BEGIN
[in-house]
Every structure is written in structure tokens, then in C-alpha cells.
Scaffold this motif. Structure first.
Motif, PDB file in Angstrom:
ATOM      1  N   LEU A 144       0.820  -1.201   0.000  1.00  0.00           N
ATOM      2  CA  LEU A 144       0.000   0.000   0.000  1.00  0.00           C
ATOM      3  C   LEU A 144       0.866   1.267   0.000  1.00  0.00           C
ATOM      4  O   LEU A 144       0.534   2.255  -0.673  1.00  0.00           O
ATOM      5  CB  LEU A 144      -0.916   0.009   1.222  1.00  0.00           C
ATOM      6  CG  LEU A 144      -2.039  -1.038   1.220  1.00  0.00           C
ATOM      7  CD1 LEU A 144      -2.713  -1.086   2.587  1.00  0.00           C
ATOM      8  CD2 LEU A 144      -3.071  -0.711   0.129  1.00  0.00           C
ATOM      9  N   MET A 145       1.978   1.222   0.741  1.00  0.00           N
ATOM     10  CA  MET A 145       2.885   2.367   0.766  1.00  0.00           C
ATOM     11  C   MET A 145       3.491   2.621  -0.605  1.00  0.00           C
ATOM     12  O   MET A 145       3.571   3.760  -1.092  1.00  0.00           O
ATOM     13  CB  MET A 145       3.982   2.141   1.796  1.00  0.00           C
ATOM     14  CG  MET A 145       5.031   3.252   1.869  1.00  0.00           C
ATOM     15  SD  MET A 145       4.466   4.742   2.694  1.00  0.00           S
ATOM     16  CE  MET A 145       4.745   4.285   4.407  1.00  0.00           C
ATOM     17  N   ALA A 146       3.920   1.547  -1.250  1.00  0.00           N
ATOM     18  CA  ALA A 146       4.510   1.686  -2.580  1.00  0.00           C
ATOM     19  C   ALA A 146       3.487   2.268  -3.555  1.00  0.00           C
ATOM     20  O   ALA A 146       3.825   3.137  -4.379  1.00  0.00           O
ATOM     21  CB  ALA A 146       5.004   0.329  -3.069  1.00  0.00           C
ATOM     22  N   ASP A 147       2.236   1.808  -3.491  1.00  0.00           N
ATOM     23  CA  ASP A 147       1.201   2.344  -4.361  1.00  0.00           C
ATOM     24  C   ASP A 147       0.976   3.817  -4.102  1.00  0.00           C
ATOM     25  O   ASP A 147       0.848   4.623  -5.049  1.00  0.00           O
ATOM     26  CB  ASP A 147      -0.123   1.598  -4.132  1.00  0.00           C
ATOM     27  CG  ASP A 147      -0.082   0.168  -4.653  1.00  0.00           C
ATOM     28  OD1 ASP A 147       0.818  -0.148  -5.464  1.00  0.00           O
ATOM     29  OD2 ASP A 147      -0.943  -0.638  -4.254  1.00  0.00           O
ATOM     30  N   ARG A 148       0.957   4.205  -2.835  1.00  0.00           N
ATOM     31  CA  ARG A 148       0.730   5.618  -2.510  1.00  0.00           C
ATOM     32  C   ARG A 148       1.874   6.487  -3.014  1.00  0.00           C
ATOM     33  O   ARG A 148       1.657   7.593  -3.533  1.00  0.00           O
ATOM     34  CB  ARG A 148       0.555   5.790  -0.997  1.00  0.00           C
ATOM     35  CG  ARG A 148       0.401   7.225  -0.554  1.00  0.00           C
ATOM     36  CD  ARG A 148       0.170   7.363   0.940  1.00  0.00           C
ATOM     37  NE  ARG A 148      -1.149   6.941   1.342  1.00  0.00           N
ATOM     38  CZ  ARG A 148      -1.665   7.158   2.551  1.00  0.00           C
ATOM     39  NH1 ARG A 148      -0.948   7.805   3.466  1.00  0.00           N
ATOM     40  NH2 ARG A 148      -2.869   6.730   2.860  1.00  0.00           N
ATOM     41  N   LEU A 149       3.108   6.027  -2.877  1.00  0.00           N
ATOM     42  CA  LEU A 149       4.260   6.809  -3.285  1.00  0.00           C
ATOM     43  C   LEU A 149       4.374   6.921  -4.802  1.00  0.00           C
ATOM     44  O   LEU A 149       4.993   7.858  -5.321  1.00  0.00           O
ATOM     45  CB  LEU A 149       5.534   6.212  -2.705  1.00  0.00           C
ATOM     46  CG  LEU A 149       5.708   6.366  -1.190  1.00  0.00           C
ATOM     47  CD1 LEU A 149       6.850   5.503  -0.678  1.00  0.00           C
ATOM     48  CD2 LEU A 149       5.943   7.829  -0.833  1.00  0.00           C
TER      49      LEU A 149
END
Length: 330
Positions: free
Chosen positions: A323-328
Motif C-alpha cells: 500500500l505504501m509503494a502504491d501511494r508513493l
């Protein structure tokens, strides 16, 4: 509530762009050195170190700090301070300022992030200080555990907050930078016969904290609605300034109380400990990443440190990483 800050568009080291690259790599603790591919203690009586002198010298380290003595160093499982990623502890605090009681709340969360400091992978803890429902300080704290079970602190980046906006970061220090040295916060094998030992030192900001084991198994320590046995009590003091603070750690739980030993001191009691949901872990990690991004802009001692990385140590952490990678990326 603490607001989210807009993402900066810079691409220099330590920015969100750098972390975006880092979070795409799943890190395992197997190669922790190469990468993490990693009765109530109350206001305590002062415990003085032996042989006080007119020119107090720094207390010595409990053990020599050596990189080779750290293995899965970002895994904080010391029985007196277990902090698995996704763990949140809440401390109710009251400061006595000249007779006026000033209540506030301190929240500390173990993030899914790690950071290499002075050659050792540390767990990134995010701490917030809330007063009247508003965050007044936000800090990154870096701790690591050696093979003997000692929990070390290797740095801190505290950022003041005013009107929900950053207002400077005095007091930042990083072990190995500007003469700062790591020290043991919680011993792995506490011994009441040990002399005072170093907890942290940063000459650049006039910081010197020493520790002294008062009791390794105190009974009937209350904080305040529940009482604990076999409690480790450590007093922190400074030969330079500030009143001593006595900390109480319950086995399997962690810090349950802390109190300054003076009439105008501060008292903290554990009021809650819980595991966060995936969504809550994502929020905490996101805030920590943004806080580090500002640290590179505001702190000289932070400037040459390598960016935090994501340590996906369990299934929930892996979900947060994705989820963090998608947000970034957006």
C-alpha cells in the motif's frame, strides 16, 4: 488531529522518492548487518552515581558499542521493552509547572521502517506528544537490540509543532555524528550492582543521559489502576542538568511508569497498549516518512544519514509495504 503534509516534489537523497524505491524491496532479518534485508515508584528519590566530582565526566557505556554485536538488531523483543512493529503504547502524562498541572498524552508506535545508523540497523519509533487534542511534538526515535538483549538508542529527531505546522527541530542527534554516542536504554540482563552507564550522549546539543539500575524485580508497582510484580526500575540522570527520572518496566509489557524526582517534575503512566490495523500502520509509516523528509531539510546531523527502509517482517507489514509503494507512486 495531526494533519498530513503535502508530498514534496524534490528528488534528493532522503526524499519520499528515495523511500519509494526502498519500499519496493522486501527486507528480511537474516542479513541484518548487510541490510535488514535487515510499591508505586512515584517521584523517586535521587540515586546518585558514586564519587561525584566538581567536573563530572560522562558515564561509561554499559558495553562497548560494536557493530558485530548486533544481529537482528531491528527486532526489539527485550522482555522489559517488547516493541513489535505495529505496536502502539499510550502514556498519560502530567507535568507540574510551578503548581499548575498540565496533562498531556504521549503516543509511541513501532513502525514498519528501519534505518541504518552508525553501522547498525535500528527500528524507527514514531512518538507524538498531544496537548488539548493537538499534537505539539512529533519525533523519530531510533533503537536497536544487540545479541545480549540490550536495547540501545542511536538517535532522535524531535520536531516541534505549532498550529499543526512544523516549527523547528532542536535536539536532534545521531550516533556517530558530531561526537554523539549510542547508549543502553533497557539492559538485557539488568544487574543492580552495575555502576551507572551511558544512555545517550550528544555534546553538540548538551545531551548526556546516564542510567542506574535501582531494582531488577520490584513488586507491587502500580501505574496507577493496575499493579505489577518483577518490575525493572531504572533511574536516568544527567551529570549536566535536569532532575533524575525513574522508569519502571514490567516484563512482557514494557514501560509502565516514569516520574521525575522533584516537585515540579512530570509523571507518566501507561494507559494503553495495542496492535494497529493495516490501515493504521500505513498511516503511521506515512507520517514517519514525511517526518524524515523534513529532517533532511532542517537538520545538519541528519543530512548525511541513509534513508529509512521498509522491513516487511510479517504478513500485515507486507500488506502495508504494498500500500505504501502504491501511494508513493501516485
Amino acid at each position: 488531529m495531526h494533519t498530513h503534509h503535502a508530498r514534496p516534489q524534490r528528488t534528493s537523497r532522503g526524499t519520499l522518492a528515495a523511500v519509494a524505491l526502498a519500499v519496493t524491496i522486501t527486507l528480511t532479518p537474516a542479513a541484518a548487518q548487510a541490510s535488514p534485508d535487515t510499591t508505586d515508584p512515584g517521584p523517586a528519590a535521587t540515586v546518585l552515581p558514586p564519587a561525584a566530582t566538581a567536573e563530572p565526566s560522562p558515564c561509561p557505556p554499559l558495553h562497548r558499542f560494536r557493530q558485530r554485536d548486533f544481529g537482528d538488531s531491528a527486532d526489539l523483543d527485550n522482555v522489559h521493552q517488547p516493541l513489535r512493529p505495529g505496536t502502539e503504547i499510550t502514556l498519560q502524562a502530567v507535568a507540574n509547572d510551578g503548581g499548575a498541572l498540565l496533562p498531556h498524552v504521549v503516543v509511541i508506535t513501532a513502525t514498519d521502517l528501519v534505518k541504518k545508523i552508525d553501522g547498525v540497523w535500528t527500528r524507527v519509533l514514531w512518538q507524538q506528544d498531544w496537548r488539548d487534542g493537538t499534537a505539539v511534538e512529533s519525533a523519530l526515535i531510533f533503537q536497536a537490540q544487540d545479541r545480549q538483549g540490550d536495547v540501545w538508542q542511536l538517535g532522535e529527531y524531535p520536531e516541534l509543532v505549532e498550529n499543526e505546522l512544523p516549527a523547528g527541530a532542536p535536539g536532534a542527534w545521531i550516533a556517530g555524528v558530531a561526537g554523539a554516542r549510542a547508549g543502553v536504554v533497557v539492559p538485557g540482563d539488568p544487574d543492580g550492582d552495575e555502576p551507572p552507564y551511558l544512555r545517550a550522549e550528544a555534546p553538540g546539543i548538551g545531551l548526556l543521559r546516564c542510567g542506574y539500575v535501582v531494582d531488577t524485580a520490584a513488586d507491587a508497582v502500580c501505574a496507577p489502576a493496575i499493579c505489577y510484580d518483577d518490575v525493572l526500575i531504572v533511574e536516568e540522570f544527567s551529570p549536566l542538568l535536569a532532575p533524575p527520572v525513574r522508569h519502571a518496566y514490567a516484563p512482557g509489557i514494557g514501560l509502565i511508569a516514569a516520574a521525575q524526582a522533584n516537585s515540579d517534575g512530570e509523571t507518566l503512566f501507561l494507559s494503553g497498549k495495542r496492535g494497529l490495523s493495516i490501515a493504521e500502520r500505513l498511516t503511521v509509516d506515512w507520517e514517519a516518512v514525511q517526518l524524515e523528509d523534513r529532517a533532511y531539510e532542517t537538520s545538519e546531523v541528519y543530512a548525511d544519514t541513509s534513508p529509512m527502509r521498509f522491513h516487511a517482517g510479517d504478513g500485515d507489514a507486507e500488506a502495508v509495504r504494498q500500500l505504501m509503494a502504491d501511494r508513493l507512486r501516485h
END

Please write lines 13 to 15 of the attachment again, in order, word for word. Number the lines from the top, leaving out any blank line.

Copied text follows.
ATOM      9  N   MET A 145       1.978   1.222   0.741  1.00  0.00           N
ATOM     10  CA  MET A 145       2.885   2.367   0.766  1.00  0.00           C
ATOM     11  C   MET A 145       3.491   2.621  -0.605  1.00  0.00           C